In addition to Wrestling with Behavioral Genetics (Parens, 2006), the following books are next on the list to read and work through fro my UROP project with Jim. After we rough up an idea for a thesis today, I need to spend some time in the library researching the most current journal articles n the subject. Are we pointing in the direction of causation and behavior or will we more or less accept the tenants of genetic links to behavior and argue for drawing a line somewhere between treatment and enhancement? Will we focus on ASPD that probably has the most social relevance and potential for arguments in the realm of policy or more in the medical arena for traits such as depression that may have more medical implications?
Enhancing Evolution – Harris argues that we are morally obligated to enhance but how does factor into intervention on the behalf of others, i.e., children. He appeals to political and moral philosophers such as Bentham, Rousseau, Locke, and Russell. He seems to argue against the model for health and disease proposed by Boorse and Daniels. He speaks to arguments of sufficient seriousness, sufficient probability, and proximity to justify human freedom.
Choosing Children – Glover argues that in order to make the claim that enhancement will minimize or eliminate disability, we must first understand and define disability. Also, how are we to ethically argue for the elimination of certain disabilities such as deafness? This is especially relevant when many in the deaf community do not view deafness as a disability. I think the disability component will be good to explore since the question of normality and possible dichotomous relationship between disability and enhancement. It also appears that he tries to distinguish between the rights of parents and the right of children in addition to arguing that there should be constraints on parental choice. He seems to tackle the idea of a modern eugenics with an emphasis on what enhancement means to notions of justice and genetic competitiveness. Based on the introduction and skimming, he seems to argue for intervention and the redrawing of the line to push the envelope of “normal” while arguing against enhancement that leads to societal inequities.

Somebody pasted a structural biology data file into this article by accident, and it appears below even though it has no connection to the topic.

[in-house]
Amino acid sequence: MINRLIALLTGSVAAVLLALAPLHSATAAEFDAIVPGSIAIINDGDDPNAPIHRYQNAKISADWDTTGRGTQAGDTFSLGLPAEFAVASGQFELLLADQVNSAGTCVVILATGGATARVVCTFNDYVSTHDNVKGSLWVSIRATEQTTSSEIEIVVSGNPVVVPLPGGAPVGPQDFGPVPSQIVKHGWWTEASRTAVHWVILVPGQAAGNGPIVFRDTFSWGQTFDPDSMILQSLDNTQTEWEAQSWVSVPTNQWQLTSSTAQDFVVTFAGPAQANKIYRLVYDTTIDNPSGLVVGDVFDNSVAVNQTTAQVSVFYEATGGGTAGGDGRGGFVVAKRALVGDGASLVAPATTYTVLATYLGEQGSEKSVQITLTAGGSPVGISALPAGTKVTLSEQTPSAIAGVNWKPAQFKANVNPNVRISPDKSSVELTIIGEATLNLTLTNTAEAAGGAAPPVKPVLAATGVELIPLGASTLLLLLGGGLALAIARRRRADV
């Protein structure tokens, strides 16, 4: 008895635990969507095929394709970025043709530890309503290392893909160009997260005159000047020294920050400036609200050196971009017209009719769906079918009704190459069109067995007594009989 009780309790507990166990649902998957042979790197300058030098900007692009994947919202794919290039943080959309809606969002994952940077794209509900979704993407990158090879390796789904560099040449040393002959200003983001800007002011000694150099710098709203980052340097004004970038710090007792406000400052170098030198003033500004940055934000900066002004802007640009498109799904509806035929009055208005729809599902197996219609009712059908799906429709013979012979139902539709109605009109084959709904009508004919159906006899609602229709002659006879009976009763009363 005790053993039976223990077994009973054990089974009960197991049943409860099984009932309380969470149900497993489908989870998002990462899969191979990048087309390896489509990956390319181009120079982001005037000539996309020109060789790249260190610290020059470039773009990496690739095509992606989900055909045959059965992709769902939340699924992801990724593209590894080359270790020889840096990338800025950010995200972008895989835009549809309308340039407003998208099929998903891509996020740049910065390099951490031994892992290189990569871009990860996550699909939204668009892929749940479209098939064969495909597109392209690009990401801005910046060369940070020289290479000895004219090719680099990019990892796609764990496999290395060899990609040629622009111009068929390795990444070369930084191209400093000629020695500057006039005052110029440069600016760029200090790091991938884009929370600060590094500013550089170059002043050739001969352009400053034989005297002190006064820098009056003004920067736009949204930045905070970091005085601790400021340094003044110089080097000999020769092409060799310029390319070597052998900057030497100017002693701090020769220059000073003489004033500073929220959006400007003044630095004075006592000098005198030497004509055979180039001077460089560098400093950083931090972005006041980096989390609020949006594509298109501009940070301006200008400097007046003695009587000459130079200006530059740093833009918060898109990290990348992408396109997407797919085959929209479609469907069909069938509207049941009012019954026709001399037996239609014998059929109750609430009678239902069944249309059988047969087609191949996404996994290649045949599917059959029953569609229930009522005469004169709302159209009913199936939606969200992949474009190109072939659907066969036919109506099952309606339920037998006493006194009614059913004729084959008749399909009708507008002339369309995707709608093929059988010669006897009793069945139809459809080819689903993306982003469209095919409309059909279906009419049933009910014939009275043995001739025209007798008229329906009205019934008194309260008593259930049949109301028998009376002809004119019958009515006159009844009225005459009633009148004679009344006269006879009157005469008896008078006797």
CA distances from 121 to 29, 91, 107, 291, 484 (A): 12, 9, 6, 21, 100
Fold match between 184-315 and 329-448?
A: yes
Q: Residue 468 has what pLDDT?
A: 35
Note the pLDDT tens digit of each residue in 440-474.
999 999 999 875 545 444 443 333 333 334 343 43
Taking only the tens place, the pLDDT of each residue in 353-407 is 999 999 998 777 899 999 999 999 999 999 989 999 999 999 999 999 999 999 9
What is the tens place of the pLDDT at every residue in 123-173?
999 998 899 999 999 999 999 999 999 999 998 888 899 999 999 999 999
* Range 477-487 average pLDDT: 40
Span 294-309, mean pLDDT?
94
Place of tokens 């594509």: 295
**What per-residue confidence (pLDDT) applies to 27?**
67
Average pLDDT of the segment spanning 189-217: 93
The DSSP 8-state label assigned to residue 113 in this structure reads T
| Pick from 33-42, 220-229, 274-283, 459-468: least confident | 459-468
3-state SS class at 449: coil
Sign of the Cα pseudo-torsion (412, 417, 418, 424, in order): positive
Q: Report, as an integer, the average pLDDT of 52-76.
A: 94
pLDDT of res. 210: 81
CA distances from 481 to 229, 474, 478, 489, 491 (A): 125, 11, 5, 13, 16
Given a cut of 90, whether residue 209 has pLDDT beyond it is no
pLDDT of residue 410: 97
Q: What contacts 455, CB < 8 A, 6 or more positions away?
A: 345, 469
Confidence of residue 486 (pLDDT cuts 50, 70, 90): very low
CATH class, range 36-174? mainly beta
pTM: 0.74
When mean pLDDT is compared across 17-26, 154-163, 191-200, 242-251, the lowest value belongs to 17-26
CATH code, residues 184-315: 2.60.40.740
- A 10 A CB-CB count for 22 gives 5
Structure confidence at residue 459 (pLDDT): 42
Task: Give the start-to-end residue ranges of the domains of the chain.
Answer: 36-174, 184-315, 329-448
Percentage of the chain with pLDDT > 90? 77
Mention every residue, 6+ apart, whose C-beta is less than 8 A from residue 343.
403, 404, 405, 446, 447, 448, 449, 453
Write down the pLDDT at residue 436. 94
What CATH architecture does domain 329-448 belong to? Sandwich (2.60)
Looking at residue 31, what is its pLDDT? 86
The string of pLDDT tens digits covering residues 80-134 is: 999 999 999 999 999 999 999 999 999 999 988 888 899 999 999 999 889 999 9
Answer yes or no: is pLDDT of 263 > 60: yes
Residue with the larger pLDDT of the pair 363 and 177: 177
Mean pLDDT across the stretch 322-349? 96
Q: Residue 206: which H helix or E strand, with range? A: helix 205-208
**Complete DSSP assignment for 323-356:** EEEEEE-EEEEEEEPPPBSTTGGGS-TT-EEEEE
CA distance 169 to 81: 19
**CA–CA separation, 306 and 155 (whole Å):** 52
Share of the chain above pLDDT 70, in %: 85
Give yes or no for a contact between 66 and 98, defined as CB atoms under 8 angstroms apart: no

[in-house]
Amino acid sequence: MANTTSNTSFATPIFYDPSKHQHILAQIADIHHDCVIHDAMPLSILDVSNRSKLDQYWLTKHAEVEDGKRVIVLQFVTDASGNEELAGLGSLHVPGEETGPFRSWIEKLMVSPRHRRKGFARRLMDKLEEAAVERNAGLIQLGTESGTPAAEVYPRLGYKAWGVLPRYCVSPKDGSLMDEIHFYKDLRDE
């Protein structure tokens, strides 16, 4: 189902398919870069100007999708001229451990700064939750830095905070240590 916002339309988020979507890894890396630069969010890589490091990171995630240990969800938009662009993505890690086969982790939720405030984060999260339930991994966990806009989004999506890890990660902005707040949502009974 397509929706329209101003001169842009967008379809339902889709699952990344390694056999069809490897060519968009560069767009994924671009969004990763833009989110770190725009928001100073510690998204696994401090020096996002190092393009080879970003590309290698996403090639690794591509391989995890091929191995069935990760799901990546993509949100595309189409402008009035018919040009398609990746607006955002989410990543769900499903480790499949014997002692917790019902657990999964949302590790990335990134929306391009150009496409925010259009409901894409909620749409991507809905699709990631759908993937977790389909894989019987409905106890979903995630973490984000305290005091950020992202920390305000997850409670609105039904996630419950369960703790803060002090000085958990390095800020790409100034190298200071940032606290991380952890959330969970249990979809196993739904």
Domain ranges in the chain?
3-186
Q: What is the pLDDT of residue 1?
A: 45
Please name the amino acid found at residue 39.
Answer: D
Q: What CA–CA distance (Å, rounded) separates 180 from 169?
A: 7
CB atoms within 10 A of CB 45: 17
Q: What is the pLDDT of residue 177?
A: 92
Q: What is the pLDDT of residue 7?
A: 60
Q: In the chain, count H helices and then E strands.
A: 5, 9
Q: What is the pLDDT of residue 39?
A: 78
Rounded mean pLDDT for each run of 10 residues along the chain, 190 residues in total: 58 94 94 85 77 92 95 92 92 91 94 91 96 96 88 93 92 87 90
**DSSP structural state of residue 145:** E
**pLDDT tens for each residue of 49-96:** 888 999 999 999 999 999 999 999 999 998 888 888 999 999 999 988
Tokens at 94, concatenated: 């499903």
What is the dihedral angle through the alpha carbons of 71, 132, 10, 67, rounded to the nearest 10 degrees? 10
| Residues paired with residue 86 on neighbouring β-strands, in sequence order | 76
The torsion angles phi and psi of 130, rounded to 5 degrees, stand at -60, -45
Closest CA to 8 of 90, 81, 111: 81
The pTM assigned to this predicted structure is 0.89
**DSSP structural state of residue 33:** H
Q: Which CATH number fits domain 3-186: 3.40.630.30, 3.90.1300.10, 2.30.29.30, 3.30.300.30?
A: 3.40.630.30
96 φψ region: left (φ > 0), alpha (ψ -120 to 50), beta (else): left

From Chance to Choice: Genetics and Justice – Buchanan et al. offer a systematic analysis of issues surrounding genetic technology, ethics, and social policy. Published in 2000, it may start to date itself except for the arguments on more timeless philosophical issues of justice and human nature. While the history of eugenics leading up to Nazi Germany is important, it seems that there was a case to be made for the existence of a form of modern eugenics before completion of the human genome project so if we move in a positive direction, maybe we should not shy away from the past but embrace a redefinition that incorporates ethics, social theory, and learning from the past. Just an idea … not quite sure if it’s a good one. It seems that the Buchanan essays are more relevant to our research but we should selectively read arguments by the other authors including those concerning:
1. Distributive justice
2. Human nature and bases of inequality
4. Tailoring environments
5. Moral boundaries
6. Treatment versus enhancement
8. Normal function model
9. The idea of “best”
10. The right to an open future
11. Reproductive freedom
Paul Schrader and Alan Poul on Mishima
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